Galas was born in San Diego in 1955, daughter of a Turkish-Armenian father and an Armenian-Syrian mother. She grew up in a very strict and isolated kind of environment – no TV, no radio, no nothing like that. She wasn’t allowed to wear a two-piece bathing suit, couldn’t go on any dates, not until she left the house at the age of 19. So she and her brother Philip-Dimitri, a future renowned playwright, got real good at creating their own very individual worlds holed up at home, where, interestingly, they both dug the dark stuff from early on: Marquis de Sade, Friedrich Nietzsche, Antonin Artaud, and Edgar Allan Poe, especially.
Diamanda’s father pushed her into piano lessons at a young age, but he forbid her to sing, ‘cause he thought singing was basically for idiots. He’d been a lounge band leader and had conducted gospel choirs, which by age 12 Diamanda had begun to accompany on piano or listened to from the top of the stairs. “Then when people would leave I would sing the music by myself, because I loved this music so much.” By age 14, she was playing with the San Diego Symphonic Orchestra.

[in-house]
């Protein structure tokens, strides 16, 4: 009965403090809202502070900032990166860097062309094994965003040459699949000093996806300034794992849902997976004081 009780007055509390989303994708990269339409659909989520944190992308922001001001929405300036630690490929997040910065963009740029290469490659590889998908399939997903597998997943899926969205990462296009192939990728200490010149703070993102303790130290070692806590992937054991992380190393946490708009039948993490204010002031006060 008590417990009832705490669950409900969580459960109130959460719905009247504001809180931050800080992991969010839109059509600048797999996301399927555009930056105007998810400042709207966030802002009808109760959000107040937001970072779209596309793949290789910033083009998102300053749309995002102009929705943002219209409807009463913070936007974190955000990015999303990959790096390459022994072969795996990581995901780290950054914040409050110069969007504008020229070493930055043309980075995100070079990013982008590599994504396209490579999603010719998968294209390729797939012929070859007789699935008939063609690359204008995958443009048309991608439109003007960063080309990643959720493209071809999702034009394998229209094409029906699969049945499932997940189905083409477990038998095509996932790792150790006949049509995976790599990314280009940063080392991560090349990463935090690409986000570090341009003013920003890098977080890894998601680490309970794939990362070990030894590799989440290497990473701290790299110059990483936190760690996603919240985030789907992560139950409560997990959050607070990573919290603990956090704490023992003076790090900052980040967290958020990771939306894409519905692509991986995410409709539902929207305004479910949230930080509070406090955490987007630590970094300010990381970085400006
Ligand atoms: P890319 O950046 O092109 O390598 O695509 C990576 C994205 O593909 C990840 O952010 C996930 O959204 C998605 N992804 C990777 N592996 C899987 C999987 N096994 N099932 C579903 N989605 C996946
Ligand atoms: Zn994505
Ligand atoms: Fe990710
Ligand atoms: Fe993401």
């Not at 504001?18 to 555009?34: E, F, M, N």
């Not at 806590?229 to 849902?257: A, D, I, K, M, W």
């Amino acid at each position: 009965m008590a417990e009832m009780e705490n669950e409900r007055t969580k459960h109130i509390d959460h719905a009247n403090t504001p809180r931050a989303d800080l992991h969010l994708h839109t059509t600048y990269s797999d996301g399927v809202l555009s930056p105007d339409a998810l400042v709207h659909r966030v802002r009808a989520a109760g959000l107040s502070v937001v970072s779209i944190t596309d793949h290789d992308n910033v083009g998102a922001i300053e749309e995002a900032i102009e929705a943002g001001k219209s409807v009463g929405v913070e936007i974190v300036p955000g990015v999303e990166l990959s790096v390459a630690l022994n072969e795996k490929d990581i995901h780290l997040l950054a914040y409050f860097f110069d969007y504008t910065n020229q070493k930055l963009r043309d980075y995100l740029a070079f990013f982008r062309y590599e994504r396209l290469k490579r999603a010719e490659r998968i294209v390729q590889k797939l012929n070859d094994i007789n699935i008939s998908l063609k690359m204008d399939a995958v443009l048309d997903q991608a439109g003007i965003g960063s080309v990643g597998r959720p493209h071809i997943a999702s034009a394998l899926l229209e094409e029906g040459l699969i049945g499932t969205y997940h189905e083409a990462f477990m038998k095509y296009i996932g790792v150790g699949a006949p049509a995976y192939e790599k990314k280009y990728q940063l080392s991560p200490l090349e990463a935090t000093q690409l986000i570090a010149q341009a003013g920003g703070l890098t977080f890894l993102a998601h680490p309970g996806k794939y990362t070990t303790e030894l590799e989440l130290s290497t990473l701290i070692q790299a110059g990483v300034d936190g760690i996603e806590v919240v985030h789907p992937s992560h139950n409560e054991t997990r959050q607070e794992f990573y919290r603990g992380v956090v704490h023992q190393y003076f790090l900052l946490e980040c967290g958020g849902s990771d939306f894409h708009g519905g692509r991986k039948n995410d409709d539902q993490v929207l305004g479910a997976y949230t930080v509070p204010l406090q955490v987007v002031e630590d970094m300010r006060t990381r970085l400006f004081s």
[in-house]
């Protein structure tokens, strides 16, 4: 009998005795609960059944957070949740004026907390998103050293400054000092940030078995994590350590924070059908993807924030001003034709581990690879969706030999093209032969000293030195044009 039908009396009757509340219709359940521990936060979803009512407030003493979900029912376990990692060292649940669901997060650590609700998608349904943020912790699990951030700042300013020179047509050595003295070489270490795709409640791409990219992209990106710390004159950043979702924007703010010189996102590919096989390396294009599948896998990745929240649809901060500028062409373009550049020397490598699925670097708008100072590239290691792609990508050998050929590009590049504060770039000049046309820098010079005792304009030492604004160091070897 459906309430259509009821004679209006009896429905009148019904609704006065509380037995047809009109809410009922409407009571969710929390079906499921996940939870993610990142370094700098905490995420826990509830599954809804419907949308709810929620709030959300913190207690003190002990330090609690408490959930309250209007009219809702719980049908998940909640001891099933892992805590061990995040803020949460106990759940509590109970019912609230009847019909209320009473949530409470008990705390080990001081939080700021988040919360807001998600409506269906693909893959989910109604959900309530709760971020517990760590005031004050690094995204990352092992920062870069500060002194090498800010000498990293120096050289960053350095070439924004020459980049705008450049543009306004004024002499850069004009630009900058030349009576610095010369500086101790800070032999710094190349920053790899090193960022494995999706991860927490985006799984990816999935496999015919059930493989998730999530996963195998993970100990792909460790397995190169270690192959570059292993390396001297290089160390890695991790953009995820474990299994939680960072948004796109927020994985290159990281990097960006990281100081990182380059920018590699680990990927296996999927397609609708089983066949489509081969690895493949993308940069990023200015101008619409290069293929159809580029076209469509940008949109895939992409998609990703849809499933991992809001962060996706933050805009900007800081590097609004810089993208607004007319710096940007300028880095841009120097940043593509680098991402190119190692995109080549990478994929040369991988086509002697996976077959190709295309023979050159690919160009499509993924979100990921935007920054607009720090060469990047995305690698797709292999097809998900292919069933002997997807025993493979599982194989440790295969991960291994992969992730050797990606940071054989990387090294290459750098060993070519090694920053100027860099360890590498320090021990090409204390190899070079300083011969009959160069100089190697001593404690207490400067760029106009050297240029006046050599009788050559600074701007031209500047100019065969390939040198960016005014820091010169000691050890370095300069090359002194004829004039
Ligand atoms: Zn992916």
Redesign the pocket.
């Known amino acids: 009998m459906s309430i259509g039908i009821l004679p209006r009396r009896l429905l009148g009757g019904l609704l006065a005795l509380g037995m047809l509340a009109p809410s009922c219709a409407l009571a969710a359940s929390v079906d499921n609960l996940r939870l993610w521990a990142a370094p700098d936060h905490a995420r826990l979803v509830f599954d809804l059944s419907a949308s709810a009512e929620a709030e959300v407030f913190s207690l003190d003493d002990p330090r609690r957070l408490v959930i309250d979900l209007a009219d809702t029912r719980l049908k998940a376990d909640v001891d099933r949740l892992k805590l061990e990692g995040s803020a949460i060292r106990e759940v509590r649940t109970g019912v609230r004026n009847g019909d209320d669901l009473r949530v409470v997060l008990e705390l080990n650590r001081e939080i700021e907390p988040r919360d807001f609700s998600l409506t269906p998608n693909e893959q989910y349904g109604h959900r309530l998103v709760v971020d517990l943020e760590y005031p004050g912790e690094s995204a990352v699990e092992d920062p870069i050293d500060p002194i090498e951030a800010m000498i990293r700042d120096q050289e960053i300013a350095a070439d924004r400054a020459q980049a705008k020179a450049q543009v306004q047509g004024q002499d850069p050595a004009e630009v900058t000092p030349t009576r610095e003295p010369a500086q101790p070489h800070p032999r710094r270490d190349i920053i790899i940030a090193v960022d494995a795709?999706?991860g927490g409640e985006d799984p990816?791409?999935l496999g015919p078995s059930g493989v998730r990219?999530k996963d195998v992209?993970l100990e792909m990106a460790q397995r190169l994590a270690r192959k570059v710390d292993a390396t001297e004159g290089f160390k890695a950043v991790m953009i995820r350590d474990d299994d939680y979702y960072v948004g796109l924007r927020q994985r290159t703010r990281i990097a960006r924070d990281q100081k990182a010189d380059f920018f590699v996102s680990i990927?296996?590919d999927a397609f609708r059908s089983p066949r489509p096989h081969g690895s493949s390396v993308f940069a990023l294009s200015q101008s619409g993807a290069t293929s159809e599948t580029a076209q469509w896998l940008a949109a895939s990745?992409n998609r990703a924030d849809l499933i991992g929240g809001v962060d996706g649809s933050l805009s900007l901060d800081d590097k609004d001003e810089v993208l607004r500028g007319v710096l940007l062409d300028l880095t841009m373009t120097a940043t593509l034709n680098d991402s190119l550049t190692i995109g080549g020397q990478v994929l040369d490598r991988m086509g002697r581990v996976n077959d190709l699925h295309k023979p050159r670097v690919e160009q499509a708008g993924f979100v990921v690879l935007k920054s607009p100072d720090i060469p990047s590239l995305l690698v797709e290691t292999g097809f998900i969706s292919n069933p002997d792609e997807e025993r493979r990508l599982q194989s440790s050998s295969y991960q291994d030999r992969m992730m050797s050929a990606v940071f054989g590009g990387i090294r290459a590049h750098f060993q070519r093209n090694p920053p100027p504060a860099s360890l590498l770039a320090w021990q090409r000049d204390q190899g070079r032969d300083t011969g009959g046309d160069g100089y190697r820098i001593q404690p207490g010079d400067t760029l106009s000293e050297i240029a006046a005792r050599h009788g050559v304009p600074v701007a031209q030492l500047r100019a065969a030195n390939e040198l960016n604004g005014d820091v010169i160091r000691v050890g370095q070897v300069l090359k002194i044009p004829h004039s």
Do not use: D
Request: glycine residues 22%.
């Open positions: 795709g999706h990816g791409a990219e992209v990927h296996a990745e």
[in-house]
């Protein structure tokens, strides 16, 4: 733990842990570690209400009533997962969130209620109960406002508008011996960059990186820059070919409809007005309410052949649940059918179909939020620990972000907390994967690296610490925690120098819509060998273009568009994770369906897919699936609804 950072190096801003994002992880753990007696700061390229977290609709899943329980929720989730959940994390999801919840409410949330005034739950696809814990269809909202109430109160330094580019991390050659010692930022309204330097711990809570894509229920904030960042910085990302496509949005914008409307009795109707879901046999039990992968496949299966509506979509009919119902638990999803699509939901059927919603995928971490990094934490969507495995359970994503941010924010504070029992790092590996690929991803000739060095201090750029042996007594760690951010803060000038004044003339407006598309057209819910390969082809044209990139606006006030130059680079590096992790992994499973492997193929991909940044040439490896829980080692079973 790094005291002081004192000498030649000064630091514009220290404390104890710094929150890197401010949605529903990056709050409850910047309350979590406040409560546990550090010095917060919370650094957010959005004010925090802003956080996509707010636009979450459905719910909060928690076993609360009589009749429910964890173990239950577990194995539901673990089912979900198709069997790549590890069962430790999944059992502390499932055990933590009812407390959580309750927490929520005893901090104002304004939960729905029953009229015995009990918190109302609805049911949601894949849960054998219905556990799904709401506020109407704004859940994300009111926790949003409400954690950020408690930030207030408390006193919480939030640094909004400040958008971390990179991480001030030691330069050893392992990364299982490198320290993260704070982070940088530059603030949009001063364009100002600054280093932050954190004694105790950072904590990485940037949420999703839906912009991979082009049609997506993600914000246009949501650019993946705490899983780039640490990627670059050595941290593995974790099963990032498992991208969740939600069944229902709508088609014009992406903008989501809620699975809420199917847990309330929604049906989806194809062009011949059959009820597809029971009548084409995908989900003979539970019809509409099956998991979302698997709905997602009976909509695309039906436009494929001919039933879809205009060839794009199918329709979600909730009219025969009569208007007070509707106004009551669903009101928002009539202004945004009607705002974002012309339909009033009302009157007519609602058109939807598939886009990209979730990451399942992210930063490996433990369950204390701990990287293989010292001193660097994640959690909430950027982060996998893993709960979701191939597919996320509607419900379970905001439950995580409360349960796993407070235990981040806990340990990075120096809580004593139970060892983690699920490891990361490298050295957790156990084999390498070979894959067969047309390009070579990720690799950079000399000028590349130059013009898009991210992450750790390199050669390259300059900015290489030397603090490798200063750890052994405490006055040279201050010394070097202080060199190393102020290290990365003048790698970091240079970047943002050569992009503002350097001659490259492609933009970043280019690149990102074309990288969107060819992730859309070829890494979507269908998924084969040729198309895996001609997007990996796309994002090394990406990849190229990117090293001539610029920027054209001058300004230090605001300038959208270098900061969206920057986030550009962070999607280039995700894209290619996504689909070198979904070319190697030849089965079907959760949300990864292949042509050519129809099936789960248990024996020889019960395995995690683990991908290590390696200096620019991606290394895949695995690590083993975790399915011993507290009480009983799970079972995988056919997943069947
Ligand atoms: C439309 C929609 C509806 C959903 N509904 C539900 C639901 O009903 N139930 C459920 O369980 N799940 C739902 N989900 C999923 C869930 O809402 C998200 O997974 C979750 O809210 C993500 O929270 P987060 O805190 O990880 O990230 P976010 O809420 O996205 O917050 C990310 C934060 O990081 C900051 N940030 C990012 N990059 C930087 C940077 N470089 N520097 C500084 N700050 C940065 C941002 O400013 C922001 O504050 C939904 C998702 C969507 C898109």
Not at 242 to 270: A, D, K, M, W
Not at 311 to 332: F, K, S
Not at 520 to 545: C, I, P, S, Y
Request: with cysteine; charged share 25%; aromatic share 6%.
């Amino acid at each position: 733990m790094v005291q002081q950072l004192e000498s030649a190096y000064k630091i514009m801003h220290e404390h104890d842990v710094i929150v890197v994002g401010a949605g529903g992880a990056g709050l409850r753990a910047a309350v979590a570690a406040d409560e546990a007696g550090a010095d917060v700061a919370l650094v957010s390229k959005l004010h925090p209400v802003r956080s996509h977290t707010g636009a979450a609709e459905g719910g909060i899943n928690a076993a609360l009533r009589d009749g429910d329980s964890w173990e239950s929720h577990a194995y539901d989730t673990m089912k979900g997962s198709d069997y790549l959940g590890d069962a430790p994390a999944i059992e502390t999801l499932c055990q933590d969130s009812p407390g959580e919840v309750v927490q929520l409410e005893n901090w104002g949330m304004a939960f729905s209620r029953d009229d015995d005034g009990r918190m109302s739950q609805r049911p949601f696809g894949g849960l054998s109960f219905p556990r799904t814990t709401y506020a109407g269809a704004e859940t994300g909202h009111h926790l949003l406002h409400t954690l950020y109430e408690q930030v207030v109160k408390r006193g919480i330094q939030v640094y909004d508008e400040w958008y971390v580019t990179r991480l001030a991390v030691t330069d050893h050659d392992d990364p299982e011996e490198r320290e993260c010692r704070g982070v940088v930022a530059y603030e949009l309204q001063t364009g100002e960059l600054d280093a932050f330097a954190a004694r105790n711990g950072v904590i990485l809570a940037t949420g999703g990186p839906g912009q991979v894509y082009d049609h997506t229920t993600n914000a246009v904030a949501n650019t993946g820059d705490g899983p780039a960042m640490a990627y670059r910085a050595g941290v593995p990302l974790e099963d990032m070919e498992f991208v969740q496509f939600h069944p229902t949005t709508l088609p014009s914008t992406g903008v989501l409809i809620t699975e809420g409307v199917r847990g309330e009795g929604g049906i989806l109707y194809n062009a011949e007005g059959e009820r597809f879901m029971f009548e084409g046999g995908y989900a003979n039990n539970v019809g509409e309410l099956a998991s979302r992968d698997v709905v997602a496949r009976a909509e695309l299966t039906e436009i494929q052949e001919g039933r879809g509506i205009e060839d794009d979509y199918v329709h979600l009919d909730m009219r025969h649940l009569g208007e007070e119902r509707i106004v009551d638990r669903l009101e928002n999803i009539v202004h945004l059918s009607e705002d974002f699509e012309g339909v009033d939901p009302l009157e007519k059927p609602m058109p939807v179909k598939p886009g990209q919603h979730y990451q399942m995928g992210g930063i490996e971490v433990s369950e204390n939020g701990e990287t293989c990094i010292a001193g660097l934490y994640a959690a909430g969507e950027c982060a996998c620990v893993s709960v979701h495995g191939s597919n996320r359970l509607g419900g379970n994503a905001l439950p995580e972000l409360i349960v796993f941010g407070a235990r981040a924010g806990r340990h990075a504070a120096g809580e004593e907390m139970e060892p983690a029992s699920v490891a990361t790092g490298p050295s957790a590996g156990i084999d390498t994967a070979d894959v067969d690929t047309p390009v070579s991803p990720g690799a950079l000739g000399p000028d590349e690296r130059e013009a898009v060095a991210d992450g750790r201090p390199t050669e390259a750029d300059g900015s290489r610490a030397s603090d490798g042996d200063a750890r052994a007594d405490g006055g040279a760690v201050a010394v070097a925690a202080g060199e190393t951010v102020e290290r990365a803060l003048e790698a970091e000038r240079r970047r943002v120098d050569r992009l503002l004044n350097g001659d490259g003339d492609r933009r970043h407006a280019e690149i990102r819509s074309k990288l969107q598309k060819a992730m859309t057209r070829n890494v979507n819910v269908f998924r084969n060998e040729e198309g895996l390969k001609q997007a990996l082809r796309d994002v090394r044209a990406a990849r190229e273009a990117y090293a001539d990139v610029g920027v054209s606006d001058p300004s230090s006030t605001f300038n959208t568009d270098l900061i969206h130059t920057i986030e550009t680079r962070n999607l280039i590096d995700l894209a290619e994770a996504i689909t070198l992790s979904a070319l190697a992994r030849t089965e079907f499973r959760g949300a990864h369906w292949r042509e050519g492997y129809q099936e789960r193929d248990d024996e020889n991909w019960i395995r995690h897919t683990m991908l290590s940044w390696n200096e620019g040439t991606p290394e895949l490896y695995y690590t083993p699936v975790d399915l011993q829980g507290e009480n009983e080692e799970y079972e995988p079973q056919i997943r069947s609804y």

Galas was a premed and then biochemistry student at Revelle College at UCSD. Though she became involved in the neurochemistry department at the UCSD medical school, she became aware during this time that what she really wanted to do was to use herself as a guinea pig.

“That was not an unpopular concept in the ‘70s,” she says, “and so that is what I did. This led to a complete destruction of my previous ideals and put me in the perfect place for vocal research later, although at the time I was exposed to Pasolini, Lilly, B.F. Skinner, Janov, Nietzsche and so on. But I had the uncomfortable feeling that I had no idea how to combine research with music-making until the vocal experimentation work was begun six years later.